This interview with Christopher Bamford is a good introduction to some of the core (and, I believe, most interesting and important) ideas of Rudolf Steiner. Bamford is not a fluent speaker, but he is (I think) pleasant and engaging; once he gets past the first six minutes (which are mostly answering questions about about the sales of Steiner Press publications).
After a very good concise definition of the essence of Steiner's ideas; Bamford moves-onto a discussion of the 'so-called dead' as Steiner calls people who have biologically died.
I have found these ideas of Steiner's to be helpful in triggering my own thoughts on the subject - not by my agreeing with what Steiner believes happens after death (I regard him as mostly-wrong about this!) - but mainly by Steiner taking the matter seriously, and in the right spirit.
The right spirit is to recognize that there is one world that includes both the living and the 'so-called dead' - and also, I would add, pre-mortal spirits who have never been incarnated.
I think of this, however, in an individual way. I don't believe I am directly concerned with all the dead, or even most of them - but with certain specific people.
One point Bamford mentions is that the relation between living and SC-dead is potentially (and ideally) two-way and reciprocal.
Some of the dead remain concerned with, and interested by, the doings of some of the living.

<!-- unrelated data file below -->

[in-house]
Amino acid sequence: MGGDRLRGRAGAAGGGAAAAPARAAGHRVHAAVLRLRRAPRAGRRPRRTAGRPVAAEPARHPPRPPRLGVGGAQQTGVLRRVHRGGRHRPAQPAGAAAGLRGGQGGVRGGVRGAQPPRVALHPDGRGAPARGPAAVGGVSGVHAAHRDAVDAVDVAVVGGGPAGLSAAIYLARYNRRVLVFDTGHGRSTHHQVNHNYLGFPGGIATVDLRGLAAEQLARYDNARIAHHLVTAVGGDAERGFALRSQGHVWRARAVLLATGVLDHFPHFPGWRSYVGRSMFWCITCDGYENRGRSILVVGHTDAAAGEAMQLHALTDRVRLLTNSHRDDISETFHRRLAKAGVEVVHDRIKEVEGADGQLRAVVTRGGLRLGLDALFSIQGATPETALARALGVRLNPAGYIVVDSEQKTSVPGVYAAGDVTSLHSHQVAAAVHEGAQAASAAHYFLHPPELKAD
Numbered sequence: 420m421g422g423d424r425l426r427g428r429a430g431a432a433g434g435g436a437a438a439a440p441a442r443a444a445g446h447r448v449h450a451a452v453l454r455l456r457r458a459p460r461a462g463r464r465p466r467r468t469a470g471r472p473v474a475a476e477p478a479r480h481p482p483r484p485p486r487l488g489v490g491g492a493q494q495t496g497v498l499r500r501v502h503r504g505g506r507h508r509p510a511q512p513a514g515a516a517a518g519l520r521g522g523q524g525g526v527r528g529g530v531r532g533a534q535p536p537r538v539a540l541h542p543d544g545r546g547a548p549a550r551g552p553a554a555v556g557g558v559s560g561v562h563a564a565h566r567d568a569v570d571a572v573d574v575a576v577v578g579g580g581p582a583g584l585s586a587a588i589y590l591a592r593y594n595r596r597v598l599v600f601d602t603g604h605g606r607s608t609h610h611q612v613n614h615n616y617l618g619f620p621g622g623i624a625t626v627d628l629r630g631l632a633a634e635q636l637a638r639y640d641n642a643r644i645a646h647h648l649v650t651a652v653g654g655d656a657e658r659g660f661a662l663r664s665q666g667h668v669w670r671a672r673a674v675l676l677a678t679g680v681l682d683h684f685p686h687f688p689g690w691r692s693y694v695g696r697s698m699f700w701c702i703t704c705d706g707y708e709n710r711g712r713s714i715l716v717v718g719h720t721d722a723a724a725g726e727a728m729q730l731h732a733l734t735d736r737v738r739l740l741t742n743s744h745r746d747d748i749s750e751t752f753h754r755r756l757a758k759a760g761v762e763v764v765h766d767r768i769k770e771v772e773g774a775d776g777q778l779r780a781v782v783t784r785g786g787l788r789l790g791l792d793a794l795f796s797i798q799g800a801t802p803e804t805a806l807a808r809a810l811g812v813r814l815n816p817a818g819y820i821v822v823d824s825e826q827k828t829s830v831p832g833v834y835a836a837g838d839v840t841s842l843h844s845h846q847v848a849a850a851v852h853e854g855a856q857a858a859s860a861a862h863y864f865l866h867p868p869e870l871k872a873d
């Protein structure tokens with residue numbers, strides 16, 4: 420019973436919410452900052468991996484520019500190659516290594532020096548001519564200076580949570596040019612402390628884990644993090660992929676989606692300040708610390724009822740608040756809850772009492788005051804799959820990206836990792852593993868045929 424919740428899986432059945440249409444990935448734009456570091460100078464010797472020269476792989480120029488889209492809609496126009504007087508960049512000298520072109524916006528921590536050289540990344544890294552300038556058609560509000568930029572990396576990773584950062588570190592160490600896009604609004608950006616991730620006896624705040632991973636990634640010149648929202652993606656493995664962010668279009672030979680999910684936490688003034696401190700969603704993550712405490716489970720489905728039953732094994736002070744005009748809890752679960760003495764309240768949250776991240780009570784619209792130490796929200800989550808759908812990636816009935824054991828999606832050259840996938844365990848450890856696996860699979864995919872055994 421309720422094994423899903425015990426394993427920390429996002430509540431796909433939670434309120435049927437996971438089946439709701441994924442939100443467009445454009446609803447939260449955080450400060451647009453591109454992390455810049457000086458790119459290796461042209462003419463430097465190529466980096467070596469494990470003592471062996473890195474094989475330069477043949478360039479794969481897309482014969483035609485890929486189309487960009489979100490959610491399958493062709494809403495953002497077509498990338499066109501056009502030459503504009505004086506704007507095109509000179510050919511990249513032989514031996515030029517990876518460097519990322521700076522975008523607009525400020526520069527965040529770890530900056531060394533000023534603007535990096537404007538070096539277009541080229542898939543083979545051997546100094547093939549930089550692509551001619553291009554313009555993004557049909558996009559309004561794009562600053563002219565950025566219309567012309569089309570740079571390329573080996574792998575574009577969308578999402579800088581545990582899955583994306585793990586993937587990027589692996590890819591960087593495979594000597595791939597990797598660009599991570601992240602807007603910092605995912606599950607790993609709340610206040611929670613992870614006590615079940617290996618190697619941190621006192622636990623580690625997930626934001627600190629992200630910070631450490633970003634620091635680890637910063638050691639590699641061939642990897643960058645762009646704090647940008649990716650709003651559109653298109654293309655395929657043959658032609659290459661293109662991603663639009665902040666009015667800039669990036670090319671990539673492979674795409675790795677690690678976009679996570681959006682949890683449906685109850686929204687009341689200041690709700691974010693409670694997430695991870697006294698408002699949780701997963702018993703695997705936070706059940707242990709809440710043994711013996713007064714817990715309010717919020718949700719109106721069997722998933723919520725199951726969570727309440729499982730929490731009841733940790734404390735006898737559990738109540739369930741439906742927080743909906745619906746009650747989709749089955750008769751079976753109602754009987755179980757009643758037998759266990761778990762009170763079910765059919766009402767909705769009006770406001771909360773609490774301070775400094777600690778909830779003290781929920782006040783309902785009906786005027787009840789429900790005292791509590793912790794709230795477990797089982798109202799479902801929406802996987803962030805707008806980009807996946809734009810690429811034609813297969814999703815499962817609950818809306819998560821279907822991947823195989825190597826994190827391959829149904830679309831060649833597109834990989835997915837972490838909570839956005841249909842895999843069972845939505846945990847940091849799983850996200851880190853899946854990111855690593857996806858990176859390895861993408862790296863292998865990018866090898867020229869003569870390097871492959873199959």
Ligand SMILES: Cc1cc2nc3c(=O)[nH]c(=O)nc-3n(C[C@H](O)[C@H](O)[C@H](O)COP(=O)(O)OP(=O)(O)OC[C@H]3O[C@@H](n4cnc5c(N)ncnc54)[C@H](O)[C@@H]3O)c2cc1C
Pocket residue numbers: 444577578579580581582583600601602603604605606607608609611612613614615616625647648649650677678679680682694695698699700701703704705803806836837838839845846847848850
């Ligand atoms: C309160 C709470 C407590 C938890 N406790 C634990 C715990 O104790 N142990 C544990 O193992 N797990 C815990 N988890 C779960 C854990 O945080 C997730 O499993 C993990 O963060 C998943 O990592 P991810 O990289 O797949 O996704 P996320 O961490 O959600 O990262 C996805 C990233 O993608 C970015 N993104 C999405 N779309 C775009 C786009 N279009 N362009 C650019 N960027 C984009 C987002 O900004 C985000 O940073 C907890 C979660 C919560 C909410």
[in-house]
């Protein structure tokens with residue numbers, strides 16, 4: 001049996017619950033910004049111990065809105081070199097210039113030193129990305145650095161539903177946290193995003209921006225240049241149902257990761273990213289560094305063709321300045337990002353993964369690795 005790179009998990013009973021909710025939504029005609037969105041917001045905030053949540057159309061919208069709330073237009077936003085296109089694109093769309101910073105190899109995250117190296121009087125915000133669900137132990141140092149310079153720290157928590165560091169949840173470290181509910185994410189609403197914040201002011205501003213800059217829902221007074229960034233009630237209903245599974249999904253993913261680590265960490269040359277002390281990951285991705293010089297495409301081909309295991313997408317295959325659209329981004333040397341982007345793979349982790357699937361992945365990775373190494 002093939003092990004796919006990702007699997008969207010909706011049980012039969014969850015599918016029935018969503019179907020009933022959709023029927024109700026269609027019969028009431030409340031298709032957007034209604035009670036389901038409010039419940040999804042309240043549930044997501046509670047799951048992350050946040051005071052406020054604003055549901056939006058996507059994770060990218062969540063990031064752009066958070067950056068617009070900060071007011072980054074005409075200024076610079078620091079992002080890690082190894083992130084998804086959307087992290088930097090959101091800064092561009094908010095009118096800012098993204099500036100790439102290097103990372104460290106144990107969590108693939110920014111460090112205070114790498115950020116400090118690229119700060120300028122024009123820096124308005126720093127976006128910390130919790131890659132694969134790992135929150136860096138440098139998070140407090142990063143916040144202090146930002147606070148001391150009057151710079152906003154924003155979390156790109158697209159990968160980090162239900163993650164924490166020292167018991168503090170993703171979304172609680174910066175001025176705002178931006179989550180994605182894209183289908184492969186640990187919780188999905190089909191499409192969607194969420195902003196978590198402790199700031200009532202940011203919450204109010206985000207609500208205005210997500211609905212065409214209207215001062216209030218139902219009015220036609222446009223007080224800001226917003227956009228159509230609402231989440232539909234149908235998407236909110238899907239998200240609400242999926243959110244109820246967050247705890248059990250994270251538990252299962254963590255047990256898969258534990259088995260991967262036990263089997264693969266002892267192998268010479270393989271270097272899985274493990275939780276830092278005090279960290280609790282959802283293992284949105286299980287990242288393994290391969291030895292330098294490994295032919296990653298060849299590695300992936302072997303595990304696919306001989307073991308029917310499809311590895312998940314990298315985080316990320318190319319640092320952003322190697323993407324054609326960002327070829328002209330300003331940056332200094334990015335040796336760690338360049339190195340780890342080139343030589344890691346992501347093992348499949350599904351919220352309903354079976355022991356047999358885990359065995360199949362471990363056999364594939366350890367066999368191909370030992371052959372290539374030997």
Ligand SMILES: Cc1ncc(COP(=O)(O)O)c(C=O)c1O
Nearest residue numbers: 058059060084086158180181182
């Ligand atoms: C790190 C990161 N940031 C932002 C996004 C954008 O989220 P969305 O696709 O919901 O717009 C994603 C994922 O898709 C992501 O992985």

And also we personally each have an interest in some of the dead - including some duties to them, because there are ways that some particular dead person needs you or me specifically - he or she can benefit from our actions.
Having established the general principles; how might I get to know who exactly needs my attention?
As usual in personal relationships, this does not work by formula. But I think sometimes I have had a strong and sustained inclination/ motivation to (in some way) pay attention to some particular person - a prime example is my fascination with William Arkle (which I have described here).
So - I believe that we can know this much without much difficulty. But if you were to ask me to tell-you exactly what we ought to be doing for a specific dead person; then I think we get into the usual difficulty with human relationships that any summary is grossly inadequate and can be dangerously misleading.
For example, if someone tried to discover what exactly was his duty to a mother, brother, wife or best friend... Then how could this (even in principle) be answered satisfactorily in any kind of explicit, comprehensive fashion? It could not.
And if you (unwisely) did summarize your duty in some sentence or list of bullet-points - then this reductionism of the personal would be far more likely to mislead and misdirect than to help.
The correct and simple answer to 'what is my duty?'; is something like loving attention.
Our duty to the specific-dead is loving attention... and whatever flows from that.